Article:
Two and a half years ago my marriage imploded. Little by little I move toward a new life, a life which once again fits me and incorporates my dreams.
Two and a half years ago, I had my dream life. I had found a partner who shared some of my most important dreams, and we were building a way to make them real. I had love, a beautiful home, and work that came naturally to me and allowed a lot of time to create the larger life we wanted.
Then one afternoon, after a few months of slowly and quietly escalating strife, my husband said he was not interested in discussing whatever was going on, whatever the uncomfortable undercurrent was. No interest. Period. Done.
I left our house at daylight the next day, and headed to a little seaside cabin—distraught, and sick with fear, heartbreak, and confusion. I hoped to do the romantic thing, stare into the ocean and find magical, healing, balm and solace. In the end, it wasn’t that easy.
The end of my marriage brought the end to so much in my life. I had no husband, no home, no income. I no longer had a vision of my future. I was L O S T, lost. I cried for hours at a time. I raged. I hated. I pounded my head on the pillow, the floor, the wall. I drew deep, hot baths, and sunk into the water until my entire body was below the surface—where the world is very quiet and calm.
And there still was no magic healing.
But there had to be some healing. Life had to get better, or I could not bear it. I soon knew that, in spite of the love and attention of friends and family, the only one who could make a real difference, was, of course, me. I realized that I had to take care of myself, first and foremost. I had to be selfish.
Here’s what I cobbled together on my way to finding a new life.
1. I stopped drinking.
My brother explained to me that to deal with my life now, I would need a very clear head; he strongly suggested that I quit drinking. I had brought a bottle of white wine and a bottle of something bubbly with me to the little cabin beside the sea. After he said this very sensible thing, I dumped out the remainder of the open bottle, and passed along the unopened bottle to some gals in a cabin on down the way. For two and a half years now I have been sober. I don’t regret the sobriety and the clarity.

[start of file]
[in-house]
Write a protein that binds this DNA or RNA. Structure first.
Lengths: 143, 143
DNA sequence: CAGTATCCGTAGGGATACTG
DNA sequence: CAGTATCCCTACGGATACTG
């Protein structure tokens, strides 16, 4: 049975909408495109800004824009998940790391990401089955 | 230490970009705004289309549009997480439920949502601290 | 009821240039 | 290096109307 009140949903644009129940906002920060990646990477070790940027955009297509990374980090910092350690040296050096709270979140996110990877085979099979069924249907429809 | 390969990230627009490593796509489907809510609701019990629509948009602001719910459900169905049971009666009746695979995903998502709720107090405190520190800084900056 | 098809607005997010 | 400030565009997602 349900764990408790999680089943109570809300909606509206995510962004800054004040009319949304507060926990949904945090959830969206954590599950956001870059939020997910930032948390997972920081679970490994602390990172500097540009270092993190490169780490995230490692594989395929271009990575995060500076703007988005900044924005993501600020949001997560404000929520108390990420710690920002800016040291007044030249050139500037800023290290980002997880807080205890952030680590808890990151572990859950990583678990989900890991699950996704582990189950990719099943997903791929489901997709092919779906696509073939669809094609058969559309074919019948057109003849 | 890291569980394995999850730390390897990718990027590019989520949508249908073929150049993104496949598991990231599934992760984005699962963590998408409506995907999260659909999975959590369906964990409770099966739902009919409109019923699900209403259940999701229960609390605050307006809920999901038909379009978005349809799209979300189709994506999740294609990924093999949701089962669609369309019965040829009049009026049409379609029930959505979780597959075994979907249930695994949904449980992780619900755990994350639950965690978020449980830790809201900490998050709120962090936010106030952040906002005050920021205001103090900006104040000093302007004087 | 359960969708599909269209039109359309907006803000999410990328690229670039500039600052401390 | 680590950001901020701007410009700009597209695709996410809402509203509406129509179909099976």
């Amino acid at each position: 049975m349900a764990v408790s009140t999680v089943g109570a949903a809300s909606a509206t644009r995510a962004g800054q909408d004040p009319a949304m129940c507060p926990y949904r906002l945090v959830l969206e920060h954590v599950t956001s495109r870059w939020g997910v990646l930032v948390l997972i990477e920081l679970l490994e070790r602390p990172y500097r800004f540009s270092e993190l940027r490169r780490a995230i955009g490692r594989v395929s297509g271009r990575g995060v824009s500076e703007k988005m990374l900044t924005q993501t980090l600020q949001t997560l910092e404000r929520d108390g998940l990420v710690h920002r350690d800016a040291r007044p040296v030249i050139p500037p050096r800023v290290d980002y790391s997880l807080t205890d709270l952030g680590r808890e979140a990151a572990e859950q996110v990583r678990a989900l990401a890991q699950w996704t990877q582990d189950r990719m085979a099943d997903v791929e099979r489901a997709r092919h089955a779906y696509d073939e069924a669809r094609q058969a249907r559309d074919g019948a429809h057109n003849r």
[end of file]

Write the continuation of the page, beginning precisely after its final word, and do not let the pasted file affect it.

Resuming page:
2. I started attending Al-Anon meetings.
My (now ex) husband is an alcoholic. Now some people say I am not allowed to call him this, that I must say he is a “problem drinker”. But the truth is—so clear in hindsight—in spite of all my wishes otherwise, I married an alcoholic, and I was an enabler. So, to look for answers, I went and hung out with the pros—other men and women whose lives had been affected by alcoholics. I learned lessons I had learned years before, but hadn’t mastered. I learned (again) about the disease of alcohol, how it’s not anything *I* can control. I was repeatedly reminded that I could expedite my healing by keeping my focus upon me and my own issues. These meetings were life-savers (I still attend), and have helped me find an iota of forgiveness for my husband’s actions. More importantly, they keep me accountable for my own actions and choices, which are really the only thing I can directly affect.
3. I made a concerted effort to eat healthful foods.
Too worn and frail-feeling to bear a trek to the grocery store, I ordered tons of groceries online—healthful foods, easy-to-prepare foods, comfort foods. The main point was to keep the pantry and refrigerator stocked, keep eating, and eat reasonably well.
4. I enrolled in Pilates classes, and attended three times a week.